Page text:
Thursday, February 21, 2008

The State of The 2008 Chicago Bluesfest (As of February)

                                             Photo Credit: how stuff works
With the fourth night of the Chicago Blues Festival announced, with none other than B.B. King set to cap this year's proceedings, the folks running the Chicago Blues Festival have given us a pretty decent amount of the festival's lineup (though it will eventually get up to 90 performances, according to the organizers). With a fairly diverse lineup so far-- from the acoustic subtelty of David "Honeyboy" Edwards to the vocal pyromania of Koko Taylor, it would be interesting to see how this range stacks up with that of past lineups.

As it turns out, the Chicago Bluesfest has been dealing in musicians from throughout the blues stylistic spectrum (as opposed to focusing solely on the host city's bread-and-butter electric style) since the first 1984 run; indeed, during those first three days, some of the same performers playing this year, such as Pinetop Perkins and Buckwheat Zydeco, could be found on stage.

During the late '80s, with themed stages first being introduced in 1986, the festival's ranks were filled with decidedly un-blues performers, such as Zydeco, Solomon Burke, and Keith Richards (local r&b crooner Cicero Blake, who performs this year, could also be included on this list). The trend is also reflected this year in the addition of soul divas Jackie Ross and Ruby Andrews to the lineup.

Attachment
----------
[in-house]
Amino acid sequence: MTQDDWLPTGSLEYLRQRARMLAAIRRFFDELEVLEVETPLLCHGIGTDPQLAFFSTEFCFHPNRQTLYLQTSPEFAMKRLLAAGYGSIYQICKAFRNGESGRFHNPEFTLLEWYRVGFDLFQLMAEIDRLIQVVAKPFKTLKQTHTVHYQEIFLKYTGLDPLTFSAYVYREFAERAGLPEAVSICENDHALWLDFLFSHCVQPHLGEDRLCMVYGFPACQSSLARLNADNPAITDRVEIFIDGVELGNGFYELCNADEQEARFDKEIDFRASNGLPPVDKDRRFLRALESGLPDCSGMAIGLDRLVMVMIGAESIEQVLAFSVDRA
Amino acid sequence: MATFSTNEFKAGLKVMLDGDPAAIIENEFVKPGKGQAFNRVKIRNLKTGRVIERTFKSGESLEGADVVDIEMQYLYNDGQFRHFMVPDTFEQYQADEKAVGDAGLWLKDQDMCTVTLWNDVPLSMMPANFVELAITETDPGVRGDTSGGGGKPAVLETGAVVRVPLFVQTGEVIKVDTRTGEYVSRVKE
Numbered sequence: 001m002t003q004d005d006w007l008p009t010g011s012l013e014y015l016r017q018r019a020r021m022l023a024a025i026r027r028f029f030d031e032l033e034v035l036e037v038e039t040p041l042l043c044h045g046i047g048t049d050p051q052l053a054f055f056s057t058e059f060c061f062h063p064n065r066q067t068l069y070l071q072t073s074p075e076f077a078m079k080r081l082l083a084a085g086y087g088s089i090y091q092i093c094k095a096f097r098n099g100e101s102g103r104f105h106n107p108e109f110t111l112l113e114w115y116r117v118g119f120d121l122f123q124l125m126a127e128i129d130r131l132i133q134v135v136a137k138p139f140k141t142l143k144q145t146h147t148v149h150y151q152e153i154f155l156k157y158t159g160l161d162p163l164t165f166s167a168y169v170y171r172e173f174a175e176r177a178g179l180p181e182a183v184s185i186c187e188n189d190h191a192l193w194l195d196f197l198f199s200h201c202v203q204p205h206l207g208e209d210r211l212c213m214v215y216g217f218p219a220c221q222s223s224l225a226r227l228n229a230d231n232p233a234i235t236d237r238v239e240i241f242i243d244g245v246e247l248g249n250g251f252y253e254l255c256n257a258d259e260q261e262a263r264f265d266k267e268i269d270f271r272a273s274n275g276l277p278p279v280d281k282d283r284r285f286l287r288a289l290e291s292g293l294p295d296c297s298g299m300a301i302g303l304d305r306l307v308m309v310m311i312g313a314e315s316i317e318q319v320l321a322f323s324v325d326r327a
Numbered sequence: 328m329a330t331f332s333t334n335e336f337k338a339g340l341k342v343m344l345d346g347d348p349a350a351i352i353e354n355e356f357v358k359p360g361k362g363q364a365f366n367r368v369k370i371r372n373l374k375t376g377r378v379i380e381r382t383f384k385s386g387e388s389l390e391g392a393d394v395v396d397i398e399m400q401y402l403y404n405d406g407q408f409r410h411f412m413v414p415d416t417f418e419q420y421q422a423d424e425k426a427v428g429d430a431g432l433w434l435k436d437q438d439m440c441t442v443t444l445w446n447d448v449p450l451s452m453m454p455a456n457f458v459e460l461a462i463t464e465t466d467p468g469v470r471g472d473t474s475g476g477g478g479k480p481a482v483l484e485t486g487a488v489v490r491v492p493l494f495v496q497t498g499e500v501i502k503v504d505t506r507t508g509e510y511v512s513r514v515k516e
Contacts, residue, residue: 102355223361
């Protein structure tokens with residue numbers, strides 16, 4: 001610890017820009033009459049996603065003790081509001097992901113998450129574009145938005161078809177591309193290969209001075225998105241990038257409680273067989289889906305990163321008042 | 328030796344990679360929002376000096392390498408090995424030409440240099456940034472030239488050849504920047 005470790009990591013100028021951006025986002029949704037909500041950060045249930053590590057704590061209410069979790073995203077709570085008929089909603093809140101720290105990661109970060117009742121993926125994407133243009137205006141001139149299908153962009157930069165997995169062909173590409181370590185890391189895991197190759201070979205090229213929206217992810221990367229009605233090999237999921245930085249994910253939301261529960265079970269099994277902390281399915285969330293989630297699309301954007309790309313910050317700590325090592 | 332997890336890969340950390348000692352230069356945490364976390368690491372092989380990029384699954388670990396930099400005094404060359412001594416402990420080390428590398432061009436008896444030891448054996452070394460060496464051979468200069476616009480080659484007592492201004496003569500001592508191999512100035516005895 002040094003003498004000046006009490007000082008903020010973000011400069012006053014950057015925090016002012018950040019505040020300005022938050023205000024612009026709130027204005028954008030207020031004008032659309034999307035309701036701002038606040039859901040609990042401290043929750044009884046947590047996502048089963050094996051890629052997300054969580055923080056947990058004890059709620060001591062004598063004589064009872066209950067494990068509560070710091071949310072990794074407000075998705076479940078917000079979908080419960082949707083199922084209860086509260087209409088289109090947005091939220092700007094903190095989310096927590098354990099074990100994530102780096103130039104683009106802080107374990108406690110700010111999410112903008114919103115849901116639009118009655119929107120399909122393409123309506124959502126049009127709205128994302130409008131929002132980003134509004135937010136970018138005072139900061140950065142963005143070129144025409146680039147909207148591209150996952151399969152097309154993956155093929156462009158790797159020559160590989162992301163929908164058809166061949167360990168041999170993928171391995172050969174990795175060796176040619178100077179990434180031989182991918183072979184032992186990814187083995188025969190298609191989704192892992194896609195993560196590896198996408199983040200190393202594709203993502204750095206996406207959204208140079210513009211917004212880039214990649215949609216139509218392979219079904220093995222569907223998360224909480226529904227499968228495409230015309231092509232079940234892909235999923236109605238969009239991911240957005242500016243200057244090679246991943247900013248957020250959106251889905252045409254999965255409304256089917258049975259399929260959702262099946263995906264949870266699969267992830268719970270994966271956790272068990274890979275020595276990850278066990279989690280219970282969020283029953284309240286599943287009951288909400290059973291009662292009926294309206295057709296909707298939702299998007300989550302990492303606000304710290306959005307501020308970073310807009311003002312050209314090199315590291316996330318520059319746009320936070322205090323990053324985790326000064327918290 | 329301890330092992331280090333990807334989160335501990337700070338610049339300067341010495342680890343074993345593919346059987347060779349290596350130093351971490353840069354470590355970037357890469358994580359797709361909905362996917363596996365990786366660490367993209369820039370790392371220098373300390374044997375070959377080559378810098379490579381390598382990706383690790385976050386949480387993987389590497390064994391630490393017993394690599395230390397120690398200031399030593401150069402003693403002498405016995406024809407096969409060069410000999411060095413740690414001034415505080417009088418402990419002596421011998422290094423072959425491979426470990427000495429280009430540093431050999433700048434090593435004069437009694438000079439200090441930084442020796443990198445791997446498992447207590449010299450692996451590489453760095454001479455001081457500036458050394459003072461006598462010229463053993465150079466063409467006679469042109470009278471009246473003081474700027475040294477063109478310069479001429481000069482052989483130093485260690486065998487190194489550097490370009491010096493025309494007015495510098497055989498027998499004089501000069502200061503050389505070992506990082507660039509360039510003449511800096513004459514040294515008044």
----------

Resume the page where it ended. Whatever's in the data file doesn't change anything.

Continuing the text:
Sadly for those who are going this year and have never gone before, they will miss out on a fair amount of legends that frequented the festival in the past that won't be present in 2008. Buddy Guy, the most glaring example, has already played the festival five times but will not be in Grant Park this year. To be fair, the aformentioned Edwards and Taylor came back this year, and Guy can always be confirmed later this spring.

One thing that festivalgoers won't have to worry about this year is a lack of guitar fireworks. With players like Johnny Winter, Bobby Parker and Lurrie Bell already set, the festival's working out to be quite rigorous in terms of fretboard shredding and mean string bends.

While it's not confirmed to continue this year, the festival has demonstrated a trend of branching out lately, not in terms of artists so much as the very nature and type of its attractions. In 2002, one of the stages, the Route 66 Stage, began hosting everything from panel discussions to a Langston Hughes 100th year retrospective, and the stage has shown signs of this type of programmatic experimentation every year since, up to 2007. However, exactly what sorts of presentations on that stage that are in store for blues fans this year are still up in the air.

So what we have so far is a decent helping each of guitar heroes, soulful vocalists and blues megastars, though the latter category may not be as voluminous as some might hope. Keep those fingers crossed, though-- there may be plenty upstart performers about to tear King, Winter and Cotton a new one in June.

-- By Ross Moody

1 comment:

Anonymous said...

and it was magic

Tony H. U.K.